Has anyone noticed that in all the time I’ve been doing Tone Poem Tuesday, I have never once yet discussed any of the works of the composer who is not only best known for his tone poems, but who is actually best known for being the greatest composer of tone poems? I’ve been holding this composer back because aside from a handful of other works (which are also great, such as his operas, his songs, and his horn concertos), this composer is so synonymous with the tone poem that he actually overshadows just about everyone else in this rich, rich form of music.
But, I can’t keep him on the bench forever, so: at long last, let us grapple with Richard Strauss.
Strauss was the last of the line of German Romantics who reached their thundering apotheosis in Richard Wagner. Strauss’s life was long, spanning from 1864 to 1949; he saw the end of German nationalistic Romanticism, the rise of Modernism, and his own reputation falter as musical tastes changed and as he made his own regrettable political choices during his last two decades. Strauss did not actually join the Nazis, but neither did he exactly repudiate them. This might be seen as the sad choice of an old but beloved artist who was reluctant to turn away completely from his homeland, but still…the fact remains.
As an artist, Strauss’s work pushed Wagnerism about as far as it could go without crossing the line that the likes of Arnold Schoenberg would. Strauss’s music, at its best, is profound and evocatively lyrical. He wrote massive orchestral music that still shines with utter clarity in the orchestral writing; his textures are never muddy, never unclear, even when he is clearly indulging himself. Strauss is a great enough artist that his descents into self-indulgence are nevertheless captivating in their enthusiasm. Strauss’s skill at conveying scenes through orchestral tone-painting will be appreciated by anyone with a love of film music, where a lot of his influence can be felt, especially in the work of Korngold, Steiner, Waxman, and Rozsa.
Going back to my high school years, when I was doing my first major explorations of classical music, I entered the world of Richard Strauss not at the beginning of his career, but toward the end. (Some composers I entered through their early works, like Berlioz and the Symphonie fantastique, while others I entered through late works, like Mozart and his 40th Symphony or Beethoven with his 9th.) I knew that Strauss had written a series of works called “tone poems”: not symphonies, not concert overtures, but large scale symphonic works with form determined on an individual basis depending on the composer’s need. The first one of Strauss’s that I heard, via a cassette recording I bought pretty much on a whim (my allowance in those days mostly went to comic books and classical recordings), was a piece called Eine Alpensinfonie. This, I learned, was actually the very last of Strauss’s tone poems. Though he would live another thirty-four years after writing it, and though he would write a great deal of music in that time, never again did he write a tone poem.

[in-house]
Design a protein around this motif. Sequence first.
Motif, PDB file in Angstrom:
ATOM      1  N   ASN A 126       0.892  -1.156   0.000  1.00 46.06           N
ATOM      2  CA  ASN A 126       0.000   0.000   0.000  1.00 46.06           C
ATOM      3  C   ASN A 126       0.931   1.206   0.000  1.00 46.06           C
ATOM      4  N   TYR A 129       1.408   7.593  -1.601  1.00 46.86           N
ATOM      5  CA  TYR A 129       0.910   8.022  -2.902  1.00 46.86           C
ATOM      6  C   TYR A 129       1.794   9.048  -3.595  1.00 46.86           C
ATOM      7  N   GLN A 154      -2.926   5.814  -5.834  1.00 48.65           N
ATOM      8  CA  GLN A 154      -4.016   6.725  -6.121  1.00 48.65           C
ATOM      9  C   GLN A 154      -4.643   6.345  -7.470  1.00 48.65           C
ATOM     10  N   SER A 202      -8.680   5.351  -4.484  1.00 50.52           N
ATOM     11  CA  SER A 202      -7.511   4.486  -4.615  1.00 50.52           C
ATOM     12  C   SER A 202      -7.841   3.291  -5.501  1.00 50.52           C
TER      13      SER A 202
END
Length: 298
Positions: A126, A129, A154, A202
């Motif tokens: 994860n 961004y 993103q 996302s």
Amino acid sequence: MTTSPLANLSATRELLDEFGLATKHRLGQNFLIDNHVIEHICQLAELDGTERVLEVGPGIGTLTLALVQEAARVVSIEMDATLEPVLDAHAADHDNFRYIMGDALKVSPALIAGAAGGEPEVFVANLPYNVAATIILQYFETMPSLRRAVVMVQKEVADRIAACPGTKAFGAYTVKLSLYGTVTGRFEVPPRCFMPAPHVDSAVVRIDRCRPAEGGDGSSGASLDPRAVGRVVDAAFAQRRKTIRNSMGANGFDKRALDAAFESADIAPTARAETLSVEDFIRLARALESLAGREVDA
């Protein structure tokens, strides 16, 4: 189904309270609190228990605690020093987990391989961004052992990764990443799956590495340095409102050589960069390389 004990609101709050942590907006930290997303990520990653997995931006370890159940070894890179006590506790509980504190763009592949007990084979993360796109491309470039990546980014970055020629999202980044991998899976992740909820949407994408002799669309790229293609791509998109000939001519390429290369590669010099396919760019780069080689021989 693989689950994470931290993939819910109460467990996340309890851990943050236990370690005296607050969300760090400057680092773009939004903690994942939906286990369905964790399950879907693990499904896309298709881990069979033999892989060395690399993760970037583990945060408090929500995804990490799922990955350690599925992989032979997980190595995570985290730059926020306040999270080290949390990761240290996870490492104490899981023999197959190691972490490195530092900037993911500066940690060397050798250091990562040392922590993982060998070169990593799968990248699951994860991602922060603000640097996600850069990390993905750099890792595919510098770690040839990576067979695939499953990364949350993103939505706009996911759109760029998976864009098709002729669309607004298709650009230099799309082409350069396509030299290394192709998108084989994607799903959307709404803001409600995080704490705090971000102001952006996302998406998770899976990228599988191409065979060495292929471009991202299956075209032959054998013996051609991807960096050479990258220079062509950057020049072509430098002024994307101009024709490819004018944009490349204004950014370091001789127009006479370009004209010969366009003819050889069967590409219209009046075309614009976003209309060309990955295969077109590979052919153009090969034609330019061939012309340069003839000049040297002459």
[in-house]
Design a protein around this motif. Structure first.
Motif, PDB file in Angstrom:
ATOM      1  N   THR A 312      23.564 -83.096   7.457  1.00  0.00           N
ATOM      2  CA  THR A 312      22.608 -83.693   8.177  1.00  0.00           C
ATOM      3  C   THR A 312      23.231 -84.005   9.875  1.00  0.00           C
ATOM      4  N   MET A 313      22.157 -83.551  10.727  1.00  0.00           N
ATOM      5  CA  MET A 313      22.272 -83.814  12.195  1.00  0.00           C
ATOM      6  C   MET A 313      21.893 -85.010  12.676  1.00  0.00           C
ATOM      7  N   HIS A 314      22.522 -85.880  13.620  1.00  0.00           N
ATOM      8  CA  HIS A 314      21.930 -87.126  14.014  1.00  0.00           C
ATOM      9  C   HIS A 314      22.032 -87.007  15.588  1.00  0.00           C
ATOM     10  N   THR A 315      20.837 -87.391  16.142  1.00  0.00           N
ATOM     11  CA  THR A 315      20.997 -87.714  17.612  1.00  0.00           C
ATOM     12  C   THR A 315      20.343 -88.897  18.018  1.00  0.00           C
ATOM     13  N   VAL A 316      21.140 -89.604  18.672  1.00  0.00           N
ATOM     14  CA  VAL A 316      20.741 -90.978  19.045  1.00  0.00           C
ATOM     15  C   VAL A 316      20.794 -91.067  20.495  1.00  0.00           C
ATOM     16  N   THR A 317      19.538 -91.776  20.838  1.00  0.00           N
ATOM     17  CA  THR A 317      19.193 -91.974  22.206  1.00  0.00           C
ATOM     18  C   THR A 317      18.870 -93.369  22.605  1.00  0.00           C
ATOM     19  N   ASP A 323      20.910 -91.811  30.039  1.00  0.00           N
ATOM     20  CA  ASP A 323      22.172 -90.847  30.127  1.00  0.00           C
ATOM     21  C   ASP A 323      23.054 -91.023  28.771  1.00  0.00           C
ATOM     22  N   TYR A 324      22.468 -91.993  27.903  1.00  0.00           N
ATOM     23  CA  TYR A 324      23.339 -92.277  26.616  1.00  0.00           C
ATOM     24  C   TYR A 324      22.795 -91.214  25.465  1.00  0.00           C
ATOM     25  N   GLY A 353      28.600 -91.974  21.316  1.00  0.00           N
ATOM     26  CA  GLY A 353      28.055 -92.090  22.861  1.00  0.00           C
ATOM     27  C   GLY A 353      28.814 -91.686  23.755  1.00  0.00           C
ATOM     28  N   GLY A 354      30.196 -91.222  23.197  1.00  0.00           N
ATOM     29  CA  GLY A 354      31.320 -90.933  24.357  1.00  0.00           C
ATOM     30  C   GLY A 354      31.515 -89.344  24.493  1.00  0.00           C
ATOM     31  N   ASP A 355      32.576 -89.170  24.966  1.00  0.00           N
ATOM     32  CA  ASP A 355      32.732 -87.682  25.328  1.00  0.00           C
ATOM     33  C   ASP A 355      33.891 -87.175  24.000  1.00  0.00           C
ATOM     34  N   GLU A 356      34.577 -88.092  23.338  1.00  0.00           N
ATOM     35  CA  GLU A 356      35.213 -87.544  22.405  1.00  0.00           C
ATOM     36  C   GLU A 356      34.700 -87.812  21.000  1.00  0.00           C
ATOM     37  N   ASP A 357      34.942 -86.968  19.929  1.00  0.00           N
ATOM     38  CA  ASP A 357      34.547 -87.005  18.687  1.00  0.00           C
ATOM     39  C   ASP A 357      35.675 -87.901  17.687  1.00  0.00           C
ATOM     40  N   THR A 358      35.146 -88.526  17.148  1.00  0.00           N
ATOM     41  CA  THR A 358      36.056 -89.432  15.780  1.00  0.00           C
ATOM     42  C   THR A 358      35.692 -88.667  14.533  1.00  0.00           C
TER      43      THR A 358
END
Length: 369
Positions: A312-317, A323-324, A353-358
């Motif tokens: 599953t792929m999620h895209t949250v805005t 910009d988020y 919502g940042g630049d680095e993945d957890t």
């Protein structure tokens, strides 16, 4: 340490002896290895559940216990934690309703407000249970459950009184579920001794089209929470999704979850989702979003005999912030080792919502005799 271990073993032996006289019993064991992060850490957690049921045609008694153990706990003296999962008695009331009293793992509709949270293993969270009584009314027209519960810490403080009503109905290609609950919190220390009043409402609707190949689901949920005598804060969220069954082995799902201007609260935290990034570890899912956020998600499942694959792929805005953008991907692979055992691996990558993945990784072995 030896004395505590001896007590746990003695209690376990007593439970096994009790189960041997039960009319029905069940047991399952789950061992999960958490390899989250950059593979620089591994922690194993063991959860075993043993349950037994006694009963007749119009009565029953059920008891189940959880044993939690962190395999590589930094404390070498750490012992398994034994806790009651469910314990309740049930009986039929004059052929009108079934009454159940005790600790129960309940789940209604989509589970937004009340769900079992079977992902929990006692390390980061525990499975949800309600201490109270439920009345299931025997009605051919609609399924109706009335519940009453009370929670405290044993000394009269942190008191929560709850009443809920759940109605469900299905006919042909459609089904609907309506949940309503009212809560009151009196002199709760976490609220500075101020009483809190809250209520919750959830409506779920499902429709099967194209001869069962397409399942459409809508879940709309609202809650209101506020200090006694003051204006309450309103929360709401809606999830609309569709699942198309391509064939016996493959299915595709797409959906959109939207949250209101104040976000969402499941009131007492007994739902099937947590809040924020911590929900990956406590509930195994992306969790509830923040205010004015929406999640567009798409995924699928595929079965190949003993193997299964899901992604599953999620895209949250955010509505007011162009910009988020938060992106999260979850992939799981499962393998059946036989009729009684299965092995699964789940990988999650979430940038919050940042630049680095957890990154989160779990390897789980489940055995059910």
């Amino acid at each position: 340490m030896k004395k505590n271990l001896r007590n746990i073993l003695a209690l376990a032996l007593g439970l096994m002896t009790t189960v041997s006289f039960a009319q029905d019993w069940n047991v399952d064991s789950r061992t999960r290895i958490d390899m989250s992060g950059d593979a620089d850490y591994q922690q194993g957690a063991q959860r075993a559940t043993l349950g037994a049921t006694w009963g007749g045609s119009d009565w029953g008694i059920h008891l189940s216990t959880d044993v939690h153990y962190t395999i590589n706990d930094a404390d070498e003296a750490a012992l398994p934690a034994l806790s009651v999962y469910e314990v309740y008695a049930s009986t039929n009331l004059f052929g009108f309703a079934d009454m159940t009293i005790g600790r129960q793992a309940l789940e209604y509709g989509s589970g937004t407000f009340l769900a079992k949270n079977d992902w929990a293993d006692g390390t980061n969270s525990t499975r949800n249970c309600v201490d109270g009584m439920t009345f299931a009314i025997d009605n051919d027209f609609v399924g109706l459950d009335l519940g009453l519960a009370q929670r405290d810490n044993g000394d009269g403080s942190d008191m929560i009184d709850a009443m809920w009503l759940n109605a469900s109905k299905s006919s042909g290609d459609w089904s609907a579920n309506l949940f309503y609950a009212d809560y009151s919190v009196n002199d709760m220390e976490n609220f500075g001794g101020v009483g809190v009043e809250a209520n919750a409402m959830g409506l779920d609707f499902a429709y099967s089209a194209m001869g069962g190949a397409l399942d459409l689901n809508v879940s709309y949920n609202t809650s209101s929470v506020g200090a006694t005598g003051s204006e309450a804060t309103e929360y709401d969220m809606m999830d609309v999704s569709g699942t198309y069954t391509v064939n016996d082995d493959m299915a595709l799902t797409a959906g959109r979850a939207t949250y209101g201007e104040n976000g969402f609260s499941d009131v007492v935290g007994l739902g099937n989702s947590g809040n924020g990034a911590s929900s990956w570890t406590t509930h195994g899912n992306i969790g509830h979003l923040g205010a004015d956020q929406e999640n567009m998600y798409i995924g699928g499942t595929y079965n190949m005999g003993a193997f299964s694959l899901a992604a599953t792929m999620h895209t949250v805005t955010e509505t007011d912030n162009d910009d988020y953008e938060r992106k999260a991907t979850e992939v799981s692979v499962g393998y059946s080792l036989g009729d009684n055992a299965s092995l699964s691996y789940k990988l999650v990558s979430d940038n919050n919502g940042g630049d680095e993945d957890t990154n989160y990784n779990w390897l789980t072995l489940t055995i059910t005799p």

Eine Alpensinfonie–“An Alpine Symphony”–is also not generally viewed as one of Strauss’s truly great tone poems, and there is reason for that. It’s almost entirely intended as pictorial music, and the focus is generally on orchestral pyrotechnics. Aside from a few introspective passages, Eine Alpensinfonie is almost entirely a showpiece. There’s a reason why, for a work not generally viewed highly by critics, a recording of Eine Alpensinfonie ended up being the work used on the very first test pressing of a compact disc. (That recording was by Herbert von Karajan conducting the Berlin Philharmonic, and by coincidence it ended up being one of the very first compact discs I ever owned. It only had one track, comprising the entire work. All later recordings separate the work into tracks, played without break, comprising the piece’s twenty-some sections.)
Eine Alpensinfonie is wildy Romantic, thrillingly dramatic, and massively orchestral. It also has moments of melodic grandeur that utterly soar, which is almost entirely why I love it: listening to it is an experience, and since despite the critics it has remained steadily performed and recorded for over a hundred years, I think it’s time to finally grant that it is, in any useful sense of the word, a classic.